DerbyHacks Celebrates Third Year

February 12th, 2018

 While serving on the Speed School Student Council, Cullen Hacker was contacted by the leadership of the university chapter of the Association for Computing Machining to help organize the first DerbyHacks event. A student in the department of Electrical and Computer Engineering, Hacker was eager to help having participated in hackathons in the past. Since then, Hacker has been the driving force behind each even, joining the ACM thereafter to take on the role of event coordinator. Now in its third year, Hacker and his colleagues continue to learn and grow as a part of the hackathon community, visiting hackathon events in other cities, as well as continuing to evolve the annual event here.

“You get to meet some software companies. I’m more of a hardware guy myself, but it’s a good competition, a good way to spend your weekend. It’s a good way to go to other cities,” says Hacker. He adds, “I’ve learned a lot of programming skills, a lot of things you learn in the middle of the night, trying to crack some codes. When you’re in the pressure cooker situations, it just kind of clicks. We definitely have picked up plenty of different ideas going to different hackathons.”

The basic premise for the hackathon is to determine a problem to a computer related problem, be that hardware or software, and then in a 24-hour period develop a proof of concept, working around the city of Louisville theme of a Smart City.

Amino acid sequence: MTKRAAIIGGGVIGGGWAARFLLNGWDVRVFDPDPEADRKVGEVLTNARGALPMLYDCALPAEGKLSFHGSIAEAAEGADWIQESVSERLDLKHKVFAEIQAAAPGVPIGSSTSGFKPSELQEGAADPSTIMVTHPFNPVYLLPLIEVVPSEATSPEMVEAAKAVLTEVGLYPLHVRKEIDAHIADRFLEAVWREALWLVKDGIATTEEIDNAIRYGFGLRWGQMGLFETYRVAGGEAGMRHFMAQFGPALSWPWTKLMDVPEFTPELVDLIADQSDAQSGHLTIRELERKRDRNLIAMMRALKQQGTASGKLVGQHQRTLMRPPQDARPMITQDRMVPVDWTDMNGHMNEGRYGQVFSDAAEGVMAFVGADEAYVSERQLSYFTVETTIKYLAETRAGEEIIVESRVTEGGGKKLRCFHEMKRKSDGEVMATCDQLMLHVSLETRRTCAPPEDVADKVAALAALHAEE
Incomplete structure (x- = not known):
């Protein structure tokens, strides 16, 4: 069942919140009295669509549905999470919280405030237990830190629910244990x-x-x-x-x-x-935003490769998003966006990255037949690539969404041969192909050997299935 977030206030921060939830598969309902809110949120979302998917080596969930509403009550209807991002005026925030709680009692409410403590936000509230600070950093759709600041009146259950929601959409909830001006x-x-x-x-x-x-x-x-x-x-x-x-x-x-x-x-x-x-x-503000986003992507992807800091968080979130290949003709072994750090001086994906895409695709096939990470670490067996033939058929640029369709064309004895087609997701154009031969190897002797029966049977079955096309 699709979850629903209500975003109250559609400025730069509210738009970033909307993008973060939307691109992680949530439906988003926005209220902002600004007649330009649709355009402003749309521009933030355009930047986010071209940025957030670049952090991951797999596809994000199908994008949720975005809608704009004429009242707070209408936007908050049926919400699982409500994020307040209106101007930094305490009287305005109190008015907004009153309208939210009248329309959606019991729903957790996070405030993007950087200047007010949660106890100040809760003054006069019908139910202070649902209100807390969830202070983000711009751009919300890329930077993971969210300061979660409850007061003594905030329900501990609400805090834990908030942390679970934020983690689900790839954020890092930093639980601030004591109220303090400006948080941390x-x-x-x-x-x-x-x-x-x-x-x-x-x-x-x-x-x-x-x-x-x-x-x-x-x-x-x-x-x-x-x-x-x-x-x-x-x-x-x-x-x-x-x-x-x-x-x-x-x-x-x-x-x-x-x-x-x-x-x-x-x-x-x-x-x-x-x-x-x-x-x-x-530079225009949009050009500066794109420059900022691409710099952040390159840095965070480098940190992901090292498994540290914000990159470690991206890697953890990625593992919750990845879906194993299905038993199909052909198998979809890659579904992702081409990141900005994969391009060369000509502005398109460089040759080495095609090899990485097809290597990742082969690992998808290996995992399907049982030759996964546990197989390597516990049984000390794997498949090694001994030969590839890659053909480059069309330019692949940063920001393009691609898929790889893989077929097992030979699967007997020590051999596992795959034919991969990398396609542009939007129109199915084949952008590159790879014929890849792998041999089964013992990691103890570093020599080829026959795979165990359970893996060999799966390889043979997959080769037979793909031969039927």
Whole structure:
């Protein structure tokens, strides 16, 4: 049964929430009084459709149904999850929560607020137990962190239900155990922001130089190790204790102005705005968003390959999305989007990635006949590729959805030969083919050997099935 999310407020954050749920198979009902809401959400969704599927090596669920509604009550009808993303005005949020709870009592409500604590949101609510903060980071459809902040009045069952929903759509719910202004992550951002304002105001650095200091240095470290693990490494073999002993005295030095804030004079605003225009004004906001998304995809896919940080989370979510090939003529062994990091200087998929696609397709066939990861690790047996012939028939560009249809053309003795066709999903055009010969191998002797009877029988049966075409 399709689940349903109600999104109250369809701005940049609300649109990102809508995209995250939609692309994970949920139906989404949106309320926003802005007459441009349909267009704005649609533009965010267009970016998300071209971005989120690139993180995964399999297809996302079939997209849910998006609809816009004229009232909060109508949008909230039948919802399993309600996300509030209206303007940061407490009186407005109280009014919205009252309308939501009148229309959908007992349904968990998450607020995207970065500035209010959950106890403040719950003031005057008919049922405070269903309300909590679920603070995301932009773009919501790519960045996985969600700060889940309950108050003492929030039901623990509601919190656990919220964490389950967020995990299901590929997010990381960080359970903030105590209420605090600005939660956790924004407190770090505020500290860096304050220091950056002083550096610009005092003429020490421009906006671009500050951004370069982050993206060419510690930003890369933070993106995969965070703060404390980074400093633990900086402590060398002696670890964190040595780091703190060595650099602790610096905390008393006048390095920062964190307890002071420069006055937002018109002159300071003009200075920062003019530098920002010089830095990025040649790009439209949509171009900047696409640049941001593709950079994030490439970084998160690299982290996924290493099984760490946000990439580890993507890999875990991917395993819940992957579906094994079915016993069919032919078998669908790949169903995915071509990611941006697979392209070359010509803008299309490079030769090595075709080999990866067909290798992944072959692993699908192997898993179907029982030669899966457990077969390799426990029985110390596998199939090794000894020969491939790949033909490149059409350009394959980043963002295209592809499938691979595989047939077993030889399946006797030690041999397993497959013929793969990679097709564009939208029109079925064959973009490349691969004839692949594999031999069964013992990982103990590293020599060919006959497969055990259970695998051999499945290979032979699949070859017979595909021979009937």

“It’s a really broad theme, but we try to think about how we streamline the city, and how do you manage big data. Companies want to see if there is anyone out there that can use big data for analysis. You can tie a lot of things back to smart city,” says Hacker.

Each year has shown growth in terms of turnout, going from 50 participants in the first year, to 120 last. Using leftover funding from year two, the Speed ACM group decided to host several smaller day camps for high schools students over the year, as part of their outreach initiative.

Hacker says, “The camps were an amazing success. We were packing classrooms with high schoolers who wanted to learn how to code on a Saturday, a Saturday. Taking on that challenge has really let us push forward that original goal of creating the hacking culture within the community.”

Held in the Engineering Garage last weekend, February 10th and 11th, the DerbyHack event has quickly becoming one of the largest events at the Speed School behind the E-Expo, there continued growth has led to sponsorships from companies,including KFC, YUM!, Kindred Healthcare, Texas Roadhouse, and UPS, looking to find computer savvy innovators.